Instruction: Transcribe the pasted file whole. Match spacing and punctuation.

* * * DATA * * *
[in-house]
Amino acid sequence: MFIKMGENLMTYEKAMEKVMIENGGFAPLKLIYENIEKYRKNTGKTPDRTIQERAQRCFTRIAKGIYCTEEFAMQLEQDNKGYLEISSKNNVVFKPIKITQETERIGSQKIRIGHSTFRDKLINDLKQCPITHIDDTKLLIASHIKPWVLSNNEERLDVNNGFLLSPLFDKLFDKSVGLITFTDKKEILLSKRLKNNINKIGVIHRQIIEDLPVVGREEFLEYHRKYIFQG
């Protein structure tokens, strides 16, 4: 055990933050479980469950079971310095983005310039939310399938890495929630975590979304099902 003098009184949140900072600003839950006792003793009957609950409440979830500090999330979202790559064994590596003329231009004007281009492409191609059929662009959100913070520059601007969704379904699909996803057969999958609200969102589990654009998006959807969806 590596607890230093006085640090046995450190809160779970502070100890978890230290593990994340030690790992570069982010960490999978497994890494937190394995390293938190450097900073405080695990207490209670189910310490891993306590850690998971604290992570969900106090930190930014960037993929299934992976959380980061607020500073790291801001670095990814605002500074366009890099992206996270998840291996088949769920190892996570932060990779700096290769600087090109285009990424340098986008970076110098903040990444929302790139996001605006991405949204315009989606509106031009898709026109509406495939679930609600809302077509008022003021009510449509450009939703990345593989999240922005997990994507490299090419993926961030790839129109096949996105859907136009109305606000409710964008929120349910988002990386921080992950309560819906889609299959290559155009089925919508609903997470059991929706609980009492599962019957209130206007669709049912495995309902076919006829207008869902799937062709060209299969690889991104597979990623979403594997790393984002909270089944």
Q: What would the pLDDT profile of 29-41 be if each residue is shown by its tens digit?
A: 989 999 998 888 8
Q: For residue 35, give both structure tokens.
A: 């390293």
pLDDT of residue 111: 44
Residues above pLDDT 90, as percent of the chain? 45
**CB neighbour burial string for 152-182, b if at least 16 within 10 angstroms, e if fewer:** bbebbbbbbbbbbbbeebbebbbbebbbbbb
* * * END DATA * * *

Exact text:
[in-house]
Amino acid sequence: MFIKMGENLMTYEKAMEKVMIENGGFAPLKLIYENIEKYRKNTGKTPDRTIQERAQRCFTRIAKGIYCTEEFAMQLEQDNKGYLEISSKNNVVFKPIKITQETERIGSQKIRIGHSTFRDKLINDLKQCPITHIDDTKLLIASHIKPWVLSNNEERLDVNNGFLLSPLFDKLFDKSVGLITFTDKKEILLSKRLKNNINKIGVIHRQIIEDLPVVGREEFLEYHRKYIFQG
């Protein structure tokens, strides 16, 4: 055990933050479980469950079971310095983005310039939310399938890495929630975590979304099902 003098009184949140900072600003839950006792003793009957609950409440979830500090999330979202790559064994590596003329231009004007281009492409191609059929662009959100913070520059601007969704379904699909996803057969999958609200969102589990654009998006959807969806 590596607890230093006085640090046995450190809160779970502070100890978890230290593990994340030690790992570069982010960490999978497994890494937190394995390293938190450097900073405080695990207490209670189910310490891993306590850690998971604290992570969900106090930190930014960037993929299934992976959380980061607020500073790291801001670095990814605002500074366009890099992206996270998840291996088949769920190892996570932060990779700096290769600087090109285009990424340098986008970076110098903040990444929302790139996001605006991405949204315009989606509106031009898709026109509406495939679930609600809302077509008022003021009510449509450009939703990345593989999240922005997990994507490299090419993926961030790839129109096949996105859907136009109305606000409710964008929120349910988002990386921080992950309560819906889609299959290559155009089925919508609903997470059991929706609980009492599962019957209130206007669709049912495995309902076919006829207008869902799937062709060209299969690889991104597979990623979403594997790393984002909270089944």
Q: What would the pLDDT profile of 29-41 be if each residue is shown by its tens digit?
A: 989 999 998 888 8
Q: For residue 35, give both structure tokens.
A: 């390293």
pLDDT of residue 111: 44
Residues above pLDDT 90, as percent of the chain? 45
**CB neighbour burial string for 152-182, b if at least 16 within 10 angstroms, e if fewer:** bbebbbbbbbbbbbbeebbebbbbebbbbbb